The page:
HOUSE BILL REPORT
As Reported By House Committee On:
Title: An act relating to the law enforcement officers' and fire fighters' retirement system.
Brief Description: Changing provisions relating to the LEOFF system.
Sponsors: Representatives Heavey, G. Cole, Brough and Orr.
Reported by House Committee on:
Appropriations, March 6, 1993, DPS.
HOUSE COMMITTEE ON APPROPRIATIONS
Majority Report: The substitute bill be substituted therefor and the substitute bill do pass. Signed by 25 members: Representatives Locke, Chair; Valle, Vice Chair; Silver, Ranking Minority Member; Carlson, Assistant Ranking Minority Member; Appelwick; Ballasiotes; Basich; Cooke; Dellwo; Dorn; Dunshee; G. Fisher; Jacobsen; Lemmon; Leonard; Linville; Peery; Rust; Sehlin; Sheahan; Sommers; Talcott; Wang; Wineberry; and Wolfe.
Minority Report: Do not pass. Signed by 1 member: Representative Stevens.
Staff: Barbara McLain (786-7153).
Law Enforcement Officers
The Washington Mutual Aid Peace Officer Powers Act of 1985 divides law enforcement officers into two general categories. "General authority peace officers" are those with power to enforce any general criminal law of the state of Washington. General authority officers include county and city police, but also police employed by the state's universities and some port districts. These officers are distinguished from "limited authority peace officers" with powers to enforce only the laws over which their employing agency has jurisdiction, such as gambling, liquor control, wildlife, or fisheries enforcement officers.
The Law Enforcement Officers' and Fire Fighters' Retirement System (LEOFF) defines an eligible law enforcement officer for purposes of retirement credit as a full-time, fully compensated county sheriff, deputy sheriff, city police officer, or town marshal. Peace officers employed by universities and port districts are outside this LEOFF definition, and therefore are members of the Public Employees' Retirement System (PERS).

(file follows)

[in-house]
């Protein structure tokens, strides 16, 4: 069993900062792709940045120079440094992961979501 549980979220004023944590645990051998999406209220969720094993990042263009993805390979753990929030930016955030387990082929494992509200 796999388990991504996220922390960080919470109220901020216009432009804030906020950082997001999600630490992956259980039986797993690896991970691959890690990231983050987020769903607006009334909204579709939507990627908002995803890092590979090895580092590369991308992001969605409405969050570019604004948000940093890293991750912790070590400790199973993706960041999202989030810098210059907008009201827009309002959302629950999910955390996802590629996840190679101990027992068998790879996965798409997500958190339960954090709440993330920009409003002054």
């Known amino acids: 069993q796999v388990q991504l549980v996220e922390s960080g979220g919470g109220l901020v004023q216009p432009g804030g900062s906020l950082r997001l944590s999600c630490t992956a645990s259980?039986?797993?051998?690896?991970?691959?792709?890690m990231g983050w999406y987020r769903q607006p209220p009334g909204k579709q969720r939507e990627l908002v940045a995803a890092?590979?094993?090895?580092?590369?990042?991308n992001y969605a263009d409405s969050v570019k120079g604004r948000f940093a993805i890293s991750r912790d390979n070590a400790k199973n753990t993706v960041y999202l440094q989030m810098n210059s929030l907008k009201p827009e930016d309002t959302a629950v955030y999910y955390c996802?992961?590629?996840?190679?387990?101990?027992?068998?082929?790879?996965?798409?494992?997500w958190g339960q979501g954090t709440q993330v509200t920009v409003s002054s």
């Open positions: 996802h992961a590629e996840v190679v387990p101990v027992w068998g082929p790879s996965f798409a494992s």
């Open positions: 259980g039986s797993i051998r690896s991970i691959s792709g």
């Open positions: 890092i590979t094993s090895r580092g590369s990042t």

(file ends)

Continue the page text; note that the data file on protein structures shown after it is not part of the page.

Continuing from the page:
Eligibility for full retirement benefits under PERS Plan II comes at age 65. Under LEOFF II, eligibility for full benefits is age 58.
If an employee leaves employment in one retirement system, and moves to another, service credit is split between the two systems. Unless there is a policy of portability, the employee ends up with a lower retirement benefit than if he or she had remained in one system for an entire career. This is because the benefit in the first retirement system will be calculated using the outdated, and probably lower, average final compensation earned by the employee when he or she left the first system.
Portability, or "dual membership," is allowed between most of the state's retirement systems. However, it does not extend to LEOFF.
LEOFF retirement contributions are paid by the employee, the employer, and the state. The employee rate is always equal to the employer and state rates combined, so that the employee shares in the cost of retirement benefits.
Summary of Substitute Bill:
Beginning July 1, 1993, the definition of "employer" under Plan II of the Law Enforcement Officers' and Fire Fighters' Retirement System (LEOFF II) includes any general authority law enforcement agency having as its primary function the detection and apprehension of persons violating the traffic or criminal laws in general. Such an agency is distinguished from a limited authority law enforcement agency having as only one of its functions the detection and apprehension of persons violating laws relating to limited subject areas, including the state departments of Fisheries, Wildlife, and Corrections.
Also effective July 1, 1993, the definition of "law enforcement officer" under LEOFF means any person commissioned and employed by an employer to enforce the general criminal laws of the state.
An employee who, as of July 1, 1993, meets the new definition of law enforcement officer, but was previously a member of the Public Employees' Retirement System (PERS), can address future retirement service credit in two ways, by making an irrevocable choice in writing before July 1, 1994: